First of all, one of the things I really liked about the previous entries was Amelia's profession, a restorer of abandoned cemeteries, and I especially liked some of the creepy things that happened in said cemeteries, and some of the things we learned about cemeteries.  I love cemeteries myself and have spent many an hour happily lost in them when I was younger, so I can understand Amelia's obsession with them.  While Amelia spent some time at her business, and was given the prospect of possibly restoring an old cemetery, nothing really came of it other than a few creepy visits, but it was just part of the story line.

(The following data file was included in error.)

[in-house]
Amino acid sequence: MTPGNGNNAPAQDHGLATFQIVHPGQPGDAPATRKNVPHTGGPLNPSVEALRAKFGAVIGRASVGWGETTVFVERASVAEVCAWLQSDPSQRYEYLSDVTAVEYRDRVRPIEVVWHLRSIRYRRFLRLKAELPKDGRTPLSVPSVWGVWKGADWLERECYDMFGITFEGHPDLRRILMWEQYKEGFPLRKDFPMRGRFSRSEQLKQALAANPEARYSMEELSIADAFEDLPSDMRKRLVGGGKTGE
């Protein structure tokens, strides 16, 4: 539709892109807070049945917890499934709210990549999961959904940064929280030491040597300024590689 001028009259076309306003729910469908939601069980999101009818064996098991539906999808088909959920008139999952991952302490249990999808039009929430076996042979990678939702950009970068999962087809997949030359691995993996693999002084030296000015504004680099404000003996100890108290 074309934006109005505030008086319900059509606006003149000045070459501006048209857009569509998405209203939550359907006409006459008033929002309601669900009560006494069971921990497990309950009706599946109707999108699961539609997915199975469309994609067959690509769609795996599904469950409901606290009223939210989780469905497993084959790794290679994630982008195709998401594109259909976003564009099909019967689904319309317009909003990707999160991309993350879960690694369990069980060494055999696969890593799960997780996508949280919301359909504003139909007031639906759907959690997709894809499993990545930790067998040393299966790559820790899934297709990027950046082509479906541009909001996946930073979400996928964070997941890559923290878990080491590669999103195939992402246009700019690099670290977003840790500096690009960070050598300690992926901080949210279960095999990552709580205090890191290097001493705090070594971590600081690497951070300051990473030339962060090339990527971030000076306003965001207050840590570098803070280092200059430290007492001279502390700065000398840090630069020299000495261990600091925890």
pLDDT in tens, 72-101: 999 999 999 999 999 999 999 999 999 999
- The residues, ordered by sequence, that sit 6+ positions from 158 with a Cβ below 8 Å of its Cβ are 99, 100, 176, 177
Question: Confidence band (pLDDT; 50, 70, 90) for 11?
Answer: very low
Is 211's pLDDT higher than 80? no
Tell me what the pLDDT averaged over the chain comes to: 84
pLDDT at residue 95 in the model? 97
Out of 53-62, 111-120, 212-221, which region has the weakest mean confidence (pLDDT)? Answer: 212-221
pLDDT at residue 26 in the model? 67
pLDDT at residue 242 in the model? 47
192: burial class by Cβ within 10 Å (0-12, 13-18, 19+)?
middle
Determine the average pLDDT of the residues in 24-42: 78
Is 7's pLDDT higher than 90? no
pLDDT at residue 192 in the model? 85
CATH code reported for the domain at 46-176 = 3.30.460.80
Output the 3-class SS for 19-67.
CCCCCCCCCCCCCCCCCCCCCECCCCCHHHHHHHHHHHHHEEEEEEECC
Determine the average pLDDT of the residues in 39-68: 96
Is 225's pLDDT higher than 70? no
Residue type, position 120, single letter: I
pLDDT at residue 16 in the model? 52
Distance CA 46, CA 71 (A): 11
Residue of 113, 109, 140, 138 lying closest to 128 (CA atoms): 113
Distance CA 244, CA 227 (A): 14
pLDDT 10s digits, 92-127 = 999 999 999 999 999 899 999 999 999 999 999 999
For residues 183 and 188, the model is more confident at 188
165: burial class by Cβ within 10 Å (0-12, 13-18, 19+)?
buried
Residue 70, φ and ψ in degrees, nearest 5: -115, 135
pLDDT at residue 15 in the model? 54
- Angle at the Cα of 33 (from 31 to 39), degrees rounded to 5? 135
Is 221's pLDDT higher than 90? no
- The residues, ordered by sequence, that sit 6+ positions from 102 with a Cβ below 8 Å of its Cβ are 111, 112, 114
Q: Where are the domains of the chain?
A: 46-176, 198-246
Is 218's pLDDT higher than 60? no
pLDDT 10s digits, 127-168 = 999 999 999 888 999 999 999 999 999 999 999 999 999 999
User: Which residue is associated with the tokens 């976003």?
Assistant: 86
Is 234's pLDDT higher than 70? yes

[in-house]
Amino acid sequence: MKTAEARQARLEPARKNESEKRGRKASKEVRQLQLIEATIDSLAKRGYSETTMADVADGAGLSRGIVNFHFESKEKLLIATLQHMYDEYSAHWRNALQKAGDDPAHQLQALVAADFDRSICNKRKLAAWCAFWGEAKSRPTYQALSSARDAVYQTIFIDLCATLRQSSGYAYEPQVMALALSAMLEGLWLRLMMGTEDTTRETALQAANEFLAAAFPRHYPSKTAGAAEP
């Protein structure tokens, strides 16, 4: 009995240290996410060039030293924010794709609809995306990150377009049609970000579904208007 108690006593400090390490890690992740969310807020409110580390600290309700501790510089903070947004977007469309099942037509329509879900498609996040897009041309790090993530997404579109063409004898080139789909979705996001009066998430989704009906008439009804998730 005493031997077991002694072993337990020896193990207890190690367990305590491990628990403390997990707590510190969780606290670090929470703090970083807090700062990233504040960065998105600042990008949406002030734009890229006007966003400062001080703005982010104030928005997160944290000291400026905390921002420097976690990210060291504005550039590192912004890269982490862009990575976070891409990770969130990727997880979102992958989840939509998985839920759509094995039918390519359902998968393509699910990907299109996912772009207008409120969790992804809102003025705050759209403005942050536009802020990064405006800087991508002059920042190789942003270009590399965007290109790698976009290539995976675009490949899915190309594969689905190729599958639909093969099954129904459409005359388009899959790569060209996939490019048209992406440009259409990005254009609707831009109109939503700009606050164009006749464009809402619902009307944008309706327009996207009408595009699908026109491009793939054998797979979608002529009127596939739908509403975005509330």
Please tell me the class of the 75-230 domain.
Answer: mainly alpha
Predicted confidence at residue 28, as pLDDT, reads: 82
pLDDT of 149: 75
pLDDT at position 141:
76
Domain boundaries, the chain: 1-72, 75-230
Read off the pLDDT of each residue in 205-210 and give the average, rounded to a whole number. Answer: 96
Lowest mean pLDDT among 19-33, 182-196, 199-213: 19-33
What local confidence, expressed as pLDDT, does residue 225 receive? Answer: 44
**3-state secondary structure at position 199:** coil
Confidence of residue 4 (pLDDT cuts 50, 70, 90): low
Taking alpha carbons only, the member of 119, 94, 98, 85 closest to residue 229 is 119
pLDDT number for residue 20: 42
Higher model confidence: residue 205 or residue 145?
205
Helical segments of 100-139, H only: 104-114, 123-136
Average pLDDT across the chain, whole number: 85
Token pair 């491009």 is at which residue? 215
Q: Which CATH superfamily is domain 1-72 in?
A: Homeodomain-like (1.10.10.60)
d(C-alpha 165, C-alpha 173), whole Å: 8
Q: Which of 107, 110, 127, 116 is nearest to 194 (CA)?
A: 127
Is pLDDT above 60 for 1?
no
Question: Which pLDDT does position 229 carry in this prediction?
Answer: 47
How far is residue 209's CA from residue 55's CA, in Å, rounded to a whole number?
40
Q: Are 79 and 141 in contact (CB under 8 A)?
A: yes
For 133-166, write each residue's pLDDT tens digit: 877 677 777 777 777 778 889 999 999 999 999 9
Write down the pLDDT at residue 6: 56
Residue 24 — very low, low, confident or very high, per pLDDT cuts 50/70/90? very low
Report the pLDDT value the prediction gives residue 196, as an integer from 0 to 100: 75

Amelia did learn quite a bit more about her family background in this one, and some of the things that appeared in previous novels were also explained as well.  While it is not necessary to have read the previous novels in order to understand this book, it certainly would be helpful as the author doesn't explain previous events, assuming you are already familiar with them.  It certainly seems like there are a lot of family secrets in her family, and they also get more and more complex the more she learned.  I actually thought this was quite interesting, but at the same time, this is where the novel kind of went in a different direction from what I was expecting, and I'm not sure what I think about that.  While the paranormal definitely played a key role in previous novels, in this one it played the major role and I just felt like something got lost in all of the paranormal stuff, including Devlin and Amelia's relationship, which seemed off right from the beginning.  There were also a lot of secrets being kept from Amelia on Devlin's part as he dealt with his grandfather and some of his family issues, but sometimes all of this keeping of secrets can work against an author if there is just too much.  In this case, I really felt like the characters and their development were shuffled to the background and I was extremely disappointment in that area of the novel.  After three books, and many dramatic episodes, you'd think more credit would be given to Devlin for what he'd seen and heard.  And Amelia was a bit annoying in this one as well; get over whining about everything and deal with issues.  To be fair, this Amelia seemed different than the one we saw in the previous novels, and she dealt with situations a bit differently, almost as if she needed to be rescued.